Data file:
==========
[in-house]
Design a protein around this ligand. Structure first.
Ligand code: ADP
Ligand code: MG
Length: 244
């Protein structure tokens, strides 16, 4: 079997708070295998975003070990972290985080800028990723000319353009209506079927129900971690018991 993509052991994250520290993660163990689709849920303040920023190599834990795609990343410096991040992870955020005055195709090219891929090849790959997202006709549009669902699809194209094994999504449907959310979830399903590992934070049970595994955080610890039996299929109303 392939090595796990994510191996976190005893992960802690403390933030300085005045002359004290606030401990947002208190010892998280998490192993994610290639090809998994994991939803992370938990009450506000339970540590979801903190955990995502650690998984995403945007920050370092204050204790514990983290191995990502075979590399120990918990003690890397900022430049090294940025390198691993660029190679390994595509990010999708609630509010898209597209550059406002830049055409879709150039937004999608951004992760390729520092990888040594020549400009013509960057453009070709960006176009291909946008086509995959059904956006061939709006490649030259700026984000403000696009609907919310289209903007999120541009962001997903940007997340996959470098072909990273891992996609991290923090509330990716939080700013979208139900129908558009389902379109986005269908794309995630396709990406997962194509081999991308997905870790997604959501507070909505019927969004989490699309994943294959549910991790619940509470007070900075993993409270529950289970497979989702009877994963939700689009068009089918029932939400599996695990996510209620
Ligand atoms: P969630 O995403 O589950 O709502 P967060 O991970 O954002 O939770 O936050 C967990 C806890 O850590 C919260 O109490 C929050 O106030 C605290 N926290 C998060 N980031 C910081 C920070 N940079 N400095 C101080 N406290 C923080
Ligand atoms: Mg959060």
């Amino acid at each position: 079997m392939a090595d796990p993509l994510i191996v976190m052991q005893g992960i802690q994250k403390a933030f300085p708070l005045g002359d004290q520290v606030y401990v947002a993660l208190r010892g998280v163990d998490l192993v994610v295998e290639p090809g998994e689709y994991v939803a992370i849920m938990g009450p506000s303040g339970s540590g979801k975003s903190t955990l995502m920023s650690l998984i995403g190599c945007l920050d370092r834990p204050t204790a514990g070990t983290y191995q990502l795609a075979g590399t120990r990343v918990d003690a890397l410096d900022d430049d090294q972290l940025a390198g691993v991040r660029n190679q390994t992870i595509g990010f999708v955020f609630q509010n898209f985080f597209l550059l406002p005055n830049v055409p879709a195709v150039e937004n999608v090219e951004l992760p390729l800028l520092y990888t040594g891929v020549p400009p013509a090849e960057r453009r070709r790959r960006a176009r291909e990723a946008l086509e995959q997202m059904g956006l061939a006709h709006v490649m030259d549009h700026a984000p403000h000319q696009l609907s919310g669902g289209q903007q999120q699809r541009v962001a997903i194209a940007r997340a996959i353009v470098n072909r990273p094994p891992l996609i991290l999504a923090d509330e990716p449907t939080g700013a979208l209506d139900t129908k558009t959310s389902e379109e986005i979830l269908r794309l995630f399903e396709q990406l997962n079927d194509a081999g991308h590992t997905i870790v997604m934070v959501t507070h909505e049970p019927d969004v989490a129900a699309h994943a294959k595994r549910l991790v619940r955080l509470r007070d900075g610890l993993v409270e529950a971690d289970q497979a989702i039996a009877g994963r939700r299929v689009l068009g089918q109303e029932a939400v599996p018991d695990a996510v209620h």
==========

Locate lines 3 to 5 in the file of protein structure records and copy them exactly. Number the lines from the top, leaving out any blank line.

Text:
Ligand code: ADP
Ligand code: MG
Length: 244